St. Joseph, the Ultimate Action Hero

Honoring the masculine holiness of the Church’s universal patron on his feast day.

St. Joseph the Carpenter, by Georges de La Tour.
St. Joseph the Carpenter, by Georges de La Tour. (photo: Wikimedia Commons)

According to the latest box-office numbers, 13 of the top 20 grossing films of all time are what the industry calls “action movies.” Audiences obviously love them and have endorsed these films with billions of dollars’ worth of box-office receipts.

Usually these films are anchored by an actor who plays it straight as the strong silent type. These films are also populated by men armed with a slew of catch phrases, and their actions speak much louder than words. As I was reading the litany of popcorn movies that fit this bill, my mind wandered to an action hero of another sort: St. Joseph.

In honor of his March 19 feast day, I think he deserves to make some kind of top-10 list when it comes to patronage alone. He is the patron saint of carpenters, fathers, families, confectioners, pastry makers, workers, a holy death, a happy death and even real estate. Add to that the patron saint of 10 nations and the Church herself. Not a shabby résumé!

How did he come to be so revered by the Church?

Unlike so many other men and women of action in the Old and New Testaments, there is not a solitary word of his recorded by the Evangelists. He is mentioned by name in only two out of the four Gospels. Oh, there is plenty said to him, both by his betrothed and later his wife, Mary, and by an angel of the Lord — and then the Lord himself, no doubt — but Joseph’s responses were always actions, not words.

He protected Mary, though he was obviously upset at first by the God-planned events that transpired around her becoming the Mother of God. As the earthly father of Jesus, he took the family to Egypt to keep them safe, just as he was instructed to do.

What’s so different about this biblical action hero — and what sets him apart from the cliché-ridden and pop-culture examples on modern movie screens — is his quiet integrity and dedication to God’s will, which are often overlooked by the world.

Even the month set aside to pay him homage has been usurped by a Scottish-Roman saint with a penchant for the evangelization of Celts. So, as people conclude their St. Patrick Day’s festivities, the world needs a reminder of Joseph for March 19.

Granted, getting the Irish to sit still to hear the Gospel warrants esteem, but so does the care and feeding of the Blessed Mother and God’s own Son.

St. Joseph always seemed to be on the short end of the adulation stick. He certainly doesn’t get as much attention as he deserves — and that is because he represents something the glossy world of Hollywood and much of our culture runs from: masculine holiness.

Joseph didn’t possess the super powers of a spider, didn’t sweep the streets of Nazareth clean while wearing a cape or sail a pirate ship taking on the undead on the Sea of Galilee. He was just a run-of-the-mill carpenter.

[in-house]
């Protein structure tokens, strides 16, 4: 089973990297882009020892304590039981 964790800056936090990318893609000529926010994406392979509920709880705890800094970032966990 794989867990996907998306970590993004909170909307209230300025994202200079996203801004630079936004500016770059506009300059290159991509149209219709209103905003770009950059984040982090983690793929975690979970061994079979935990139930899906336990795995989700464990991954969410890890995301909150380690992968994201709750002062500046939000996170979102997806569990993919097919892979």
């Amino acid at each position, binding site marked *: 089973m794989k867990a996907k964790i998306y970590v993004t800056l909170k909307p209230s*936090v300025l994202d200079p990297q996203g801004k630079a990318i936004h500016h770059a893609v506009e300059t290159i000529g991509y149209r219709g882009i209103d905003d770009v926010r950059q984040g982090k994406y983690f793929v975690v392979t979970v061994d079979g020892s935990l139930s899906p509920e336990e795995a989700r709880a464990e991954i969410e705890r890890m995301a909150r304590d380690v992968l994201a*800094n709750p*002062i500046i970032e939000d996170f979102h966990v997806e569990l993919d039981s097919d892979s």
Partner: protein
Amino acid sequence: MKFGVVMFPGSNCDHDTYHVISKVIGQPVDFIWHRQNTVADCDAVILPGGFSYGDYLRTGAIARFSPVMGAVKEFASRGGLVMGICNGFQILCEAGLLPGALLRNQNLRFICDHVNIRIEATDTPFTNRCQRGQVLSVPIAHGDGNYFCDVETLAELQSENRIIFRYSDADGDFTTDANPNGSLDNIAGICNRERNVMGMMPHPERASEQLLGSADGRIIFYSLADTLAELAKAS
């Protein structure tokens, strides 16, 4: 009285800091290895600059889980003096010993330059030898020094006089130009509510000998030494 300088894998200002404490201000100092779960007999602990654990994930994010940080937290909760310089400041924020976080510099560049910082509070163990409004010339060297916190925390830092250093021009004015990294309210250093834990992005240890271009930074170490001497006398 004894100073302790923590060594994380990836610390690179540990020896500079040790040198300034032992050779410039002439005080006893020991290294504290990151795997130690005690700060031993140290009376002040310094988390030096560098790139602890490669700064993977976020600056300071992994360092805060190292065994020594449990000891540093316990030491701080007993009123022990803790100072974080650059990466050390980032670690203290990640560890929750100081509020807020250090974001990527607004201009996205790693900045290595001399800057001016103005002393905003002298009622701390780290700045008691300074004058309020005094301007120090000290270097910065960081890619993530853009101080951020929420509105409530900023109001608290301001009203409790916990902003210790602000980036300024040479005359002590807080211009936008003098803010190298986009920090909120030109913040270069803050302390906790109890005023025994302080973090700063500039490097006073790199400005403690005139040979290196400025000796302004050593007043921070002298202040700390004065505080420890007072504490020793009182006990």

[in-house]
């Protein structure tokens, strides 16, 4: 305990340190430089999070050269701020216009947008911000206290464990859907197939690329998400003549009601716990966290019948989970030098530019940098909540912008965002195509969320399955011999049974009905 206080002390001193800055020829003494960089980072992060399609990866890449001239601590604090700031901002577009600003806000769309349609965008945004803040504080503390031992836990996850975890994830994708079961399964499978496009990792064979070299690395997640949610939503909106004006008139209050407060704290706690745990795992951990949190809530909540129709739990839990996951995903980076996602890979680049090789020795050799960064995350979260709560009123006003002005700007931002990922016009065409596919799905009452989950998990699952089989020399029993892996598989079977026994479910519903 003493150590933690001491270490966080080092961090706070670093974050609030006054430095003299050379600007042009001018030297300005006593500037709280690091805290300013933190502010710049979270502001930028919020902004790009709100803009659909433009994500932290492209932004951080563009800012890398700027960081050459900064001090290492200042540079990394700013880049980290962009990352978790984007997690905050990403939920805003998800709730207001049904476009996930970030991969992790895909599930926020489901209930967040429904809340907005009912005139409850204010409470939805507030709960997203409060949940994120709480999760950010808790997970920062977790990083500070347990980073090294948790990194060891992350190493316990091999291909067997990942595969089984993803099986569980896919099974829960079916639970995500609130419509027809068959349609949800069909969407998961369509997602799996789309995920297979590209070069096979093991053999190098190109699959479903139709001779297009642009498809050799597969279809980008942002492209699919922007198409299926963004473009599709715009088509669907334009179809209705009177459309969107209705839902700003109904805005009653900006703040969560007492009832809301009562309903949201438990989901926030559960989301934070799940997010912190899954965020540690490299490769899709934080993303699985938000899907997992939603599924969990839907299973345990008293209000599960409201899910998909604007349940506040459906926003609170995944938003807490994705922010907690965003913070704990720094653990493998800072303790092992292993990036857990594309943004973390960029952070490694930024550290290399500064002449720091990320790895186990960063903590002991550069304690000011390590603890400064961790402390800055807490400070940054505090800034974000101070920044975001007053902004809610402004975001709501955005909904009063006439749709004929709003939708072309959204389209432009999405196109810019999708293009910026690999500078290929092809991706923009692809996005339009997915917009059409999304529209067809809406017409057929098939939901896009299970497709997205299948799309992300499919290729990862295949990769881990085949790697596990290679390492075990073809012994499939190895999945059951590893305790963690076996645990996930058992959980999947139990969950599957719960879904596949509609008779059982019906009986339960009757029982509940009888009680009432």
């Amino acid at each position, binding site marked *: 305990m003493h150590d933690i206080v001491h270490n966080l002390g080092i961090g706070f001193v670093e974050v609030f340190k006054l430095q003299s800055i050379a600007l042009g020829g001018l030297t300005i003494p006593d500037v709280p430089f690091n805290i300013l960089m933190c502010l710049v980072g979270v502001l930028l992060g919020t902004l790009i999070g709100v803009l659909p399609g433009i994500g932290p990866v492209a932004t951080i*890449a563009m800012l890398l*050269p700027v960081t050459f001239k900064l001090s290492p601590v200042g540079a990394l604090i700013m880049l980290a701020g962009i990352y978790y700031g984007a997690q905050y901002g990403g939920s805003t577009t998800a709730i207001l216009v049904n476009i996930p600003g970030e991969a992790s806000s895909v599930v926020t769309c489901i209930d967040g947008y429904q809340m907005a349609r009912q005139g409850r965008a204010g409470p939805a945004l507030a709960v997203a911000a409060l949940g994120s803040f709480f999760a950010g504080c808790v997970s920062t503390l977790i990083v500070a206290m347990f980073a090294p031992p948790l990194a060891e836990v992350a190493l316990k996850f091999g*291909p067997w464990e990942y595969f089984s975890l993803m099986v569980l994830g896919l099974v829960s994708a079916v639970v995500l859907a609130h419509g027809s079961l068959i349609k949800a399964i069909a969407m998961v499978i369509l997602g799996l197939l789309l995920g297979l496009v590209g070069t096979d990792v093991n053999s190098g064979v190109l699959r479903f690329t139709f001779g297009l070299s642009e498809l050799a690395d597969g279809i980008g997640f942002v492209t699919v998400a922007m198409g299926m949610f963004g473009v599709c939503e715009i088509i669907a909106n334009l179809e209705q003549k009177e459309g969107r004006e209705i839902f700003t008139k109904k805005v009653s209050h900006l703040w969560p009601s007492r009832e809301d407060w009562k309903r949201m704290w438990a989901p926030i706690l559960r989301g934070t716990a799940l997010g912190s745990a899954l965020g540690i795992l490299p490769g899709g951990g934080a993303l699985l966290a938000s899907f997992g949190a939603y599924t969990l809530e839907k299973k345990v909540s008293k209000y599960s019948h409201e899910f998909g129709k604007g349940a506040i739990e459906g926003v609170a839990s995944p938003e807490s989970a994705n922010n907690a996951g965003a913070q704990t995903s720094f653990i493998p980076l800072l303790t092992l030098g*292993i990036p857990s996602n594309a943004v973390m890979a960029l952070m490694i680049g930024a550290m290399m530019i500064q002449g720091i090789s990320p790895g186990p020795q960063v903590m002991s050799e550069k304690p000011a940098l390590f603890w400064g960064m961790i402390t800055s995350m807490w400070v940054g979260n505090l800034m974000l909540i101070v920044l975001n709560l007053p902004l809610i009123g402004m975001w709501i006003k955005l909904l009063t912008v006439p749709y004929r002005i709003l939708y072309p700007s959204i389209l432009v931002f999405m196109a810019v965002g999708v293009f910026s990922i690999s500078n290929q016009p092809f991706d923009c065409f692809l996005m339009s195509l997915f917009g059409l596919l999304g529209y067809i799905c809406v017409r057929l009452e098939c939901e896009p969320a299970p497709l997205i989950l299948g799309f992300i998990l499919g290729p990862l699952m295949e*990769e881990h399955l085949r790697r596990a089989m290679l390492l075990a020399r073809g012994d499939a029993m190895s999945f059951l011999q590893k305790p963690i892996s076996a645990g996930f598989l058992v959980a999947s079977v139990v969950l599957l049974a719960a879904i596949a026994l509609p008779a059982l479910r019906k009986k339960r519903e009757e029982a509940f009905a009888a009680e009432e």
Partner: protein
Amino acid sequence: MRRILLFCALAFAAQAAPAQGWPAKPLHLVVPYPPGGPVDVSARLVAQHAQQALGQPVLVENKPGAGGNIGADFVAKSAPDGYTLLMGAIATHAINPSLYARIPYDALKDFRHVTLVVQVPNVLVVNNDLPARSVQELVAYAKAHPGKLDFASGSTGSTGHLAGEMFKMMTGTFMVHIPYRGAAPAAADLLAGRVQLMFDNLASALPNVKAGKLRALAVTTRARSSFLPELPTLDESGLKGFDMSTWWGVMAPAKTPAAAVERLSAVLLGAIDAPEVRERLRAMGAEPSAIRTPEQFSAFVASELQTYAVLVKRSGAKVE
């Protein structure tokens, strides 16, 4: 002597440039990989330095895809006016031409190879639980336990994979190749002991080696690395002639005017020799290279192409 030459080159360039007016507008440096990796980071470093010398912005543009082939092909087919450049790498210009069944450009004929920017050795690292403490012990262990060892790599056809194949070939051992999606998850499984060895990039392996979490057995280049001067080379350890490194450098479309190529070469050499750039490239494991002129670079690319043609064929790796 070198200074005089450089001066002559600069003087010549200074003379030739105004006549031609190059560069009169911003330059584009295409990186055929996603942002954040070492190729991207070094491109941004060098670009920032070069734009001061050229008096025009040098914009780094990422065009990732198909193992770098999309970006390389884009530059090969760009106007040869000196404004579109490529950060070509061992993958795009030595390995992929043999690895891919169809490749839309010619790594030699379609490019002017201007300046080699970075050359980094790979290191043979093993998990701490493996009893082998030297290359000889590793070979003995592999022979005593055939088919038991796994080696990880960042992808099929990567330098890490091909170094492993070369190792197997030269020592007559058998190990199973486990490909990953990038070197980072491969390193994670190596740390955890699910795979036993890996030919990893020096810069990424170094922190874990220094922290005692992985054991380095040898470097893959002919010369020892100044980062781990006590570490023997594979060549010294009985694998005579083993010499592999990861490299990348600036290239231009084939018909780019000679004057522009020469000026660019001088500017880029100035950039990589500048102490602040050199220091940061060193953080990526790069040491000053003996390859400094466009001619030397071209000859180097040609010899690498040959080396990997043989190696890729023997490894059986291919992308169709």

But he lived his everyday life in a holy way. To borrow from another saint, Joseph certainly knew how to “preach” the Gospel every day and did so in a fashion that didn’t require words.

And besides the miraculous example of putting one’s life in the hands of God that Joseph bequeathed to us, and his stellar to-do list of responsibilities, Joseph’s life speaks uniquely to just about every man who ever lived or whoever will live.

I may be treading on dangerous ground here and securing my troglodyte card for ages to come, but we men like to think of ourselves in terms of what we have accomplished or the jobs we hold or the accolades we have received. We like to put diplomas, hunting trophies, photos of ourselves shaking hands with politicians and thank-you placards from Little League teams on our office walls to convince ourselves and others how accomplished we are.

There is a reason pro athletes, famous entrepreneurs and actors are paid enormous amounts of money to shill for products geared toward men. Deep down in our DNA, we men “connect” with these images.

St. Joseph didn’t get such honors. In terms of his worldly accomplishments, he didn’t start a company. There is no archeological evidence of a chain of carpentry shops called “Joe’s” to be found. And he wasn’t even around when Jesus entered into his public life.

He was not learned, he was not a man of means, and he did not possess gold or earthly power in any sufficient quantity to warrant interest from the passing crowd. If a first-century entrepreneur was looking for a celebrity to endorse his new wood plane, Joseph would not have been on the short list, I’m guessing. He was just too ordinary and too unaccomplished a guy in the eyes of the world.

But that doesn’t matter. God’s opinion is what counts.

In my status as an armchair theologian, I am continually amazed and awed by God’s symmetry.

In Adam and Eve, we have a man and woman who said “No” to God’s request. And in Mary and Joseph, we have a man and woman who said “Yes” to God and his plan for bringing the Savior of mankind into the world.

God’s approval and doing his will are what mattered to Joseph — a powerful lesson for us all — and that perspective makes him the world’s all-time action hero.

Robert Brennan writes from Los Angeles.

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